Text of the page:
Robert Redford and green groups tell Obama to step up on Gulf oil leak
Whither Obama? There’s a growing chorus calling for the president to show leadership on the BP oil disaster by connecting it to America’s fossil-fuel dependence and the potential of clean-energy investment.
“The silence from the White House is deafening,” a Clinton-era White House aide told ClimateWire. “Clearly without a White House push there does not seem to be adequate political momentum” to pass a Senate clean-energy bill.
Today Thomas Friedman calls the Gulf leak Obama’s 9/11 — the biggest opportunity of his presidency to ask Americans to invest in nation-building clean-energy infrastructure, an opportunity he is so far squandering. I’ve been making the same case.
Yesterday, the Natural Resources Defense Council, League of Conservation Voters, and Blue Green Alliance (a labor-enviro partnership) held a press event calling for Obama to put clean energy in the national spotlight.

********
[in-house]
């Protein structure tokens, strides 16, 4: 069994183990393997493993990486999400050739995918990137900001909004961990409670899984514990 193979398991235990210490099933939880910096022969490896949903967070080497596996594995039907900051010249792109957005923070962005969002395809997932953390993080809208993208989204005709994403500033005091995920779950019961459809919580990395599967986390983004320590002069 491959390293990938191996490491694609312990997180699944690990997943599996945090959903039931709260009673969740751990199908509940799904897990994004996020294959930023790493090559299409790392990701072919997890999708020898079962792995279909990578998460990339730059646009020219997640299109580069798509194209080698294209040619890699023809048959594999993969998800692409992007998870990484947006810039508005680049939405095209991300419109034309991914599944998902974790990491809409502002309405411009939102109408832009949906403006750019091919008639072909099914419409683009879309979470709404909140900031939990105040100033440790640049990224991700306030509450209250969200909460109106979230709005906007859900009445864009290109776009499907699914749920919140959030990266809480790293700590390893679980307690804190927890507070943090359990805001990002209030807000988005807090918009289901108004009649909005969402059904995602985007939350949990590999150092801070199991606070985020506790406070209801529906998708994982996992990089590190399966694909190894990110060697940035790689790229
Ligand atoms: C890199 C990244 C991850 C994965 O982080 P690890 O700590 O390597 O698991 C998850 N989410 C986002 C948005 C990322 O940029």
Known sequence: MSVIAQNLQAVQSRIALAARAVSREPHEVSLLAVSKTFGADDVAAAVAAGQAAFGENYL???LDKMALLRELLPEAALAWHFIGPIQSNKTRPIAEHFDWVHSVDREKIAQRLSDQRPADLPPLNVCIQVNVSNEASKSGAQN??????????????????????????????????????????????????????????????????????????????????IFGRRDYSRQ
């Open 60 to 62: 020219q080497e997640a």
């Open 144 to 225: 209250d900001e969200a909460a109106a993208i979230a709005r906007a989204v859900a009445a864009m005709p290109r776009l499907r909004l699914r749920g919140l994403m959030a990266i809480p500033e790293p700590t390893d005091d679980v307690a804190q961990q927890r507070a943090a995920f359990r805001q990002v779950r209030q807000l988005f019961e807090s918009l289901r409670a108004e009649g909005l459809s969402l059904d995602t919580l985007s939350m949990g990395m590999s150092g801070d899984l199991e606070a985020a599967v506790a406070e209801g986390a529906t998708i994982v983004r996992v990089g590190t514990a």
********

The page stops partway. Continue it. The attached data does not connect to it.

And actor Robert Redford released a cable TV ad with NRDC echoing the same message: “The Gulf disaster is more than a terrible oil spill. It’s the product of a failed energy policy — one that puts oil-company profits ahead of people and the environment. America needs safe, clean and renewable energy — not more oil spills … Tell President Obama to lead America toward a clean-energy future.”
Redford’s accompanying post spells out the situation even more:
The American Power Act, drafted by Senators Kerry and Lieberman, is not perfect — but it is a significant step toward cutting our dependence on fossil fuels, limiting carbon pollution, and encouraging businesses to shift to clean energy sources.
Unfortunately, the full Senate continues to stall — weighed down by too much infighting and too many special interests. That’s why we need the president to assert his voice and leadership by letting the Senate — and the American people — know that he is serious about getting clean energy and climate legislation passed this year.
Quite a spokesman, Mr. Redford. Here’s the eye-catching ad:
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